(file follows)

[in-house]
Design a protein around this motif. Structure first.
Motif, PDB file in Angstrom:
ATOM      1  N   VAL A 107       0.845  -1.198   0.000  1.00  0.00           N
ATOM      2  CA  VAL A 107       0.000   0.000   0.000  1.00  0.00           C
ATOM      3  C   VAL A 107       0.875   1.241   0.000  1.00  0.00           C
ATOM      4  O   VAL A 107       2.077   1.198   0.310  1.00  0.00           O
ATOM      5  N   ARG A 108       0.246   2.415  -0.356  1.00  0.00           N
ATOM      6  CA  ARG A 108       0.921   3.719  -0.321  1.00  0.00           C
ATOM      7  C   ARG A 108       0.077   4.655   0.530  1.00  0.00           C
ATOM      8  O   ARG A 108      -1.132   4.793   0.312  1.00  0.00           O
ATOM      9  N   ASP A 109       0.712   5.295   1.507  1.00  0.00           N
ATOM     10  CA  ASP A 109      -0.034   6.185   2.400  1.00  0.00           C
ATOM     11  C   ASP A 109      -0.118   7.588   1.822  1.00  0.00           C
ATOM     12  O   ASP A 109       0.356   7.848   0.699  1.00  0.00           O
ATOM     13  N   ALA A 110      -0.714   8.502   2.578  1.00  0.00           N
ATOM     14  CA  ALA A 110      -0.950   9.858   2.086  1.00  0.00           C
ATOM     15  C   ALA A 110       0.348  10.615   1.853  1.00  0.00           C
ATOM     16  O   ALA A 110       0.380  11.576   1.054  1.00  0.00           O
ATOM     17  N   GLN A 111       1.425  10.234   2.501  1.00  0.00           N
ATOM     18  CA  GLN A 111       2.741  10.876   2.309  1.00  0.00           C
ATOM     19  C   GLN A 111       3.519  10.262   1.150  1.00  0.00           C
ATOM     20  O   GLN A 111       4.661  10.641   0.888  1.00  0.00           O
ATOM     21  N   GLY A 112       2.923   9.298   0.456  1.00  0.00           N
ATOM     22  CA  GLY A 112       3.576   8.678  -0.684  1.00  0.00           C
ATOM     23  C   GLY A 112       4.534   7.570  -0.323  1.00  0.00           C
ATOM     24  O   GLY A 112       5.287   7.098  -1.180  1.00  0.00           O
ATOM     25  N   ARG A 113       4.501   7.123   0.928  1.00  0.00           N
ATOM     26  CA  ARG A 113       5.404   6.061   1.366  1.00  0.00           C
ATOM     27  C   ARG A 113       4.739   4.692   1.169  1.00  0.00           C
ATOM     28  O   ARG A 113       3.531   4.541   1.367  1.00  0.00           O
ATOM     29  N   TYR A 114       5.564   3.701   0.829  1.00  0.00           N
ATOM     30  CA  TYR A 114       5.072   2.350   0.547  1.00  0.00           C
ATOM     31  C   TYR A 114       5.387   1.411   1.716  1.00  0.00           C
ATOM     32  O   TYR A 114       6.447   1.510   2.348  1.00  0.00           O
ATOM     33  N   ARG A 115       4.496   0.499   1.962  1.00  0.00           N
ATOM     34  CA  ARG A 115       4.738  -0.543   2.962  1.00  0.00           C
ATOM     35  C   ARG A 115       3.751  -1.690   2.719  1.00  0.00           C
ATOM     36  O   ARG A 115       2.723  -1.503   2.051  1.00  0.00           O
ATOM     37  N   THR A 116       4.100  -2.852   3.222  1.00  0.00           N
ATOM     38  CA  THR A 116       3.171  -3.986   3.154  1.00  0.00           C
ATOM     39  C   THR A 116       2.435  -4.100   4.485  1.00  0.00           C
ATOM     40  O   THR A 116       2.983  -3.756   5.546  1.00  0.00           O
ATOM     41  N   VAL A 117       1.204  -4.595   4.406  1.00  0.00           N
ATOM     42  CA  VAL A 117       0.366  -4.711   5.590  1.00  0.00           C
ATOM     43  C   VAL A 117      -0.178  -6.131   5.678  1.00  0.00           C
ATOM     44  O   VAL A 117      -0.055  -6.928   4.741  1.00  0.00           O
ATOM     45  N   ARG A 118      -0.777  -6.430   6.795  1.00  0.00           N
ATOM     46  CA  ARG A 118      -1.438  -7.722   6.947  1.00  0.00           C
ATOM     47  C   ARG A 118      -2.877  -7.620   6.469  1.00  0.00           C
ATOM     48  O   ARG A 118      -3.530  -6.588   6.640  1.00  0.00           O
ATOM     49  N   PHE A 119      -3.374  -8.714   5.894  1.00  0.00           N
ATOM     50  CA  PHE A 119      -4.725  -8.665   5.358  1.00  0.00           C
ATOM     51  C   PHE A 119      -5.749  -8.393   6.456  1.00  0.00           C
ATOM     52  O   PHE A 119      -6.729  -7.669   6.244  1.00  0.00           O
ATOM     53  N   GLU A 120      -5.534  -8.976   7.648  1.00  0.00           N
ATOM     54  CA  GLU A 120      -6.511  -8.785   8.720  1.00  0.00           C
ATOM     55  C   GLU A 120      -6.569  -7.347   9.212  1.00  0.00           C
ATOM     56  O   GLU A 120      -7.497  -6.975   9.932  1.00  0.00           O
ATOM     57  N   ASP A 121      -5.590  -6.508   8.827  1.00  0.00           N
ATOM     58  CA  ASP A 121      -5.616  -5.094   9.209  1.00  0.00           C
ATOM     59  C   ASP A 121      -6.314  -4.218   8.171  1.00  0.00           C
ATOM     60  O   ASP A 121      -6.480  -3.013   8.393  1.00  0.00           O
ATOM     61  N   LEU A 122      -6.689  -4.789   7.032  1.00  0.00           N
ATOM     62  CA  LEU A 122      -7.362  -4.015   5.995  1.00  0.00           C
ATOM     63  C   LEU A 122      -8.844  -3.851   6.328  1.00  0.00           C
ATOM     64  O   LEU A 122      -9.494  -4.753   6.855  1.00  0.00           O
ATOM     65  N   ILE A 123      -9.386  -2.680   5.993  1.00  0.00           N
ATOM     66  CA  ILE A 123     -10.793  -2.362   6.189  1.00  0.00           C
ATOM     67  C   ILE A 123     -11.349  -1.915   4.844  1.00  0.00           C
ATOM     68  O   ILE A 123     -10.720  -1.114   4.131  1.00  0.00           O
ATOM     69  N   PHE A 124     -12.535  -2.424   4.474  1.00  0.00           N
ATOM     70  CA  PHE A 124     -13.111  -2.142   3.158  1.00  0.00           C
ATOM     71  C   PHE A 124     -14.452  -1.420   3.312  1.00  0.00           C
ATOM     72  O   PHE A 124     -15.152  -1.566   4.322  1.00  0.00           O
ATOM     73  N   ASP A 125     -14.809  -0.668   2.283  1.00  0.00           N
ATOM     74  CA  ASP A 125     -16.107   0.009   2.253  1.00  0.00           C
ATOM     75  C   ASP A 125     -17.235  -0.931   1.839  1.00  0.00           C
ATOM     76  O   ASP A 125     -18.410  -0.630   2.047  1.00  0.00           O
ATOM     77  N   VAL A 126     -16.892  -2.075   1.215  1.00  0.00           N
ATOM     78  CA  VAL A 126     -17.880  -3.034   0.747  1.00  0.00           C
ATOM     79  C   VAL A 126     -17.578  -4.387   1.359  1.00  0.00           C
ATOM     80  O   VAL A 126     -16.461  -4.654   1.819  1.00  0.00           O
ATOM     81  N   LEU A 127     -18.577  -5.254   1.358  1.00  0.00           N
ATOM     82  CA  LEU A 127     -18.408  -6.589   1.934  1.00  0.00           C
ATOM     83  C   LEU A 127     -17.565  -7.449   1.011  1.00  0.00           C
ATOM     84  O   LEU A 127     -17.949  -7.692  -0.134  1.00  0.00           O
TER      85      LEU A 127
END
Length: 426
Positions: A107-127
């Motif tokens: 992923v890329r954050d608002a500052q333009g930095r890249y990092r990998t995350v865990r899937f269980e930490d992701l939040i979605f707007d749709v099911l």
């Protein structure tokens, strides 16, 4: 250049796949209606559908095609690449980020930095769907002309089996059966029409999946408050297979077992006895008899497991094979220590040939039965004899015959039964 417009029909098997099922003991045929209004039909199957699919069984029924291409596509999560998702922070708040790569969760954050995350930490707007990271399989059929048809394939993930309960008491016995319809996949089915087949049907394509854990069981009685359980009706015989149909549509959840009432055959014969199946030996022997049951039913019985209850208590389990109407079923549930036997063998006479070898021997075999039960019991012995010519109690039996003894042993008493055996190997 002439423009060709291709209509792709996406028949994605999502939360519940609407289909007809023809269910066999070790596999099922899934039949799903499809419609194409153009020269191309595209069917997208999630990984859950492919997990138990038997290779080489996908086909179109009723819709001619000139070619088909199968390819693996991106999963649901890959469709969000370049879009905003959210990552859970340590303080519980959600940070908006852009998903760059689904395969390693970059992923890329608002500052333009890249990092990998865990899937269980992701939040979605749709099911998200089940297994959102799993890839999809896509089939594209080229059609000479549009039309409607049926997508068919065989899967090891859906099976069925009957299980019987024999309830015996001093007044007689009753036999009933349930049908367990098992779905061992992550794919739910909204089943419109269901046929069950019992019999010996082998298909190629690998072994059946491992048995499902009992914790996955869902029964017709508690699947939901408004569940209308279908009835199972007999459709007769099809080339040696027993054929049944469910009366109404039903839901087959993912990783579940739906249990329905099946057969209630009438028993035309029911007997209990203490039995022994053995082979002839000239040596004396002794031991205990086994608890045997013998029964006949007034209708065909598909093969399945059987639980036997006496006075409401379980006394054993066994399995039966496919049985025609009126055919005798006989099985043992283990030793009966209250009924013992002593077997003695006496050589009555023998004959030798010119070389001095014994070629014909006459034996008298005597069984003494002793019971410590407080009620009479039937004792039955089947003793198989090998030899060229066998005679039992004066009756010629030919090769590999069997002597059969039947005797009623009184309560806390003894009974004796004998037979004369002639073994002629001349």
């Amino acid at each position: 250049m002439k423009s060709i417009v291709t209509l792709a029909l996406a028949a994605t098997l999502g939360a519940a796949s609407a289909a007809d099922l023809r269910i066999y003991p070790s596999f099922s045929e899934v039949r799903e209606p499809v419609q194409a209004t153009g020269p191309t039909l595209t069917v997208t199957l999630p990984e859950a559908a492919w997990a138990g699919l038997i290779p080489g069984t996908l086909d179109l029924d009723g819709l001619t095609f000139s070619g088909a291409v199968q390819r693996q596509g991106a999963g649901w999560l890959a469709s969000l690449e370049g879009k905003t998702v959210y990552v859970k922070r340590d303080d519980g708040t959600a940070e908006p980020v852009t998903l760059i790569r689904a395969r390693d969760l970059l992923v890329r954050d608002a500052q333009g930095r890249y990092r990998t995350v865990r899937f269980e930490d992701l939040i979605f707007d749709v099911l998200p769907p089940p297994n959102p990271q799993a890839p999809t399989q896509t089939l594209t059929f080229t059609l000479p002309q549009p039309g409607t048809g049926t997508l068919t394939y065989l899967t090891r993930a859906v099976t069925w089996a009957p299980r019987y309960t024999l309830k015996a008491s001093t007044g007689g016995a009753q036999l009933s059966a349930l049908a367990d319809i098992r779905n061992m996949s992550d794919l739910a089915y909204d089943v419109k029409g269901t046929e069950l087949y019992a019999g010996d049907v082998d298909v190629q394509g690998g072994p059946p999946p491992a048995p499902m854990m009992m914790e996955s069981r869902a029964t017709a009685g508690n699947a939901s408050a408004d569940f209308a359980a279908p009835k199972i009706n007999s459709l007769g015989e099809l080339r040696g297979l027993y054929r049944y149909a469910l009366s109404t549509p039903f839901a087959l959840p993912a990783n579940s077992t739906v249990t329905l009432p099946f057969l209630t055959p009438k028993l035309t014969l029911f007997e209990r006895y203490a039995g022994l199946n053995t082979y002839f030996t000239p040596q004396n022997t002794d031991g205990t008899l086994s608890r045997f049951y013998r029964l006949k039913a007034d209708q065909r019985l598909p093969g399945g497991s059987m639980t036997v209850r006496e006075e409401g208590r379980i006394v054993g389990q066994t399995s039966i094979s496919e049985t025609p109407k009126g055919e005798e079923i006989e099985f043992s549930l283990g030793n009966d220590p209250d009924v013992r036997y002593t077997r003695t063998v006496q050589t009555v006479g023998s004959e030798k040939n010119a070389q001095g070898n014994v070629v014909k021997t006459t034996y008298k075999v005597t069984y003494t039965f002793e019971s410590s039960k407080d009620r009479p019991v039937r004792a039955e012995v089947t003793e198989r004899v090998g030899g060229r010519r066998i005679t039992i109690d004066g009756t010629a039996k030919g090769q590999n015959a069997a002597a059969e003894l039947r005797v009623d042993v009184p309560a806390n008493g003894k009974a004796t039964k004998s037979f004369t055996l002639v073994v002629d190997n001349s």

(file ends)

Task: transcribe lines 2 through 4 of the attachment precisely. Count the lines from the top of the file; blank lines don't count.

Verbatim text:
Design a protein around this motif. Structure first.
Motif, PDB file in Angstrom:
ATOM      1  N   VAL A 107       0.845  -1.198   0.000  1.00  0.00           N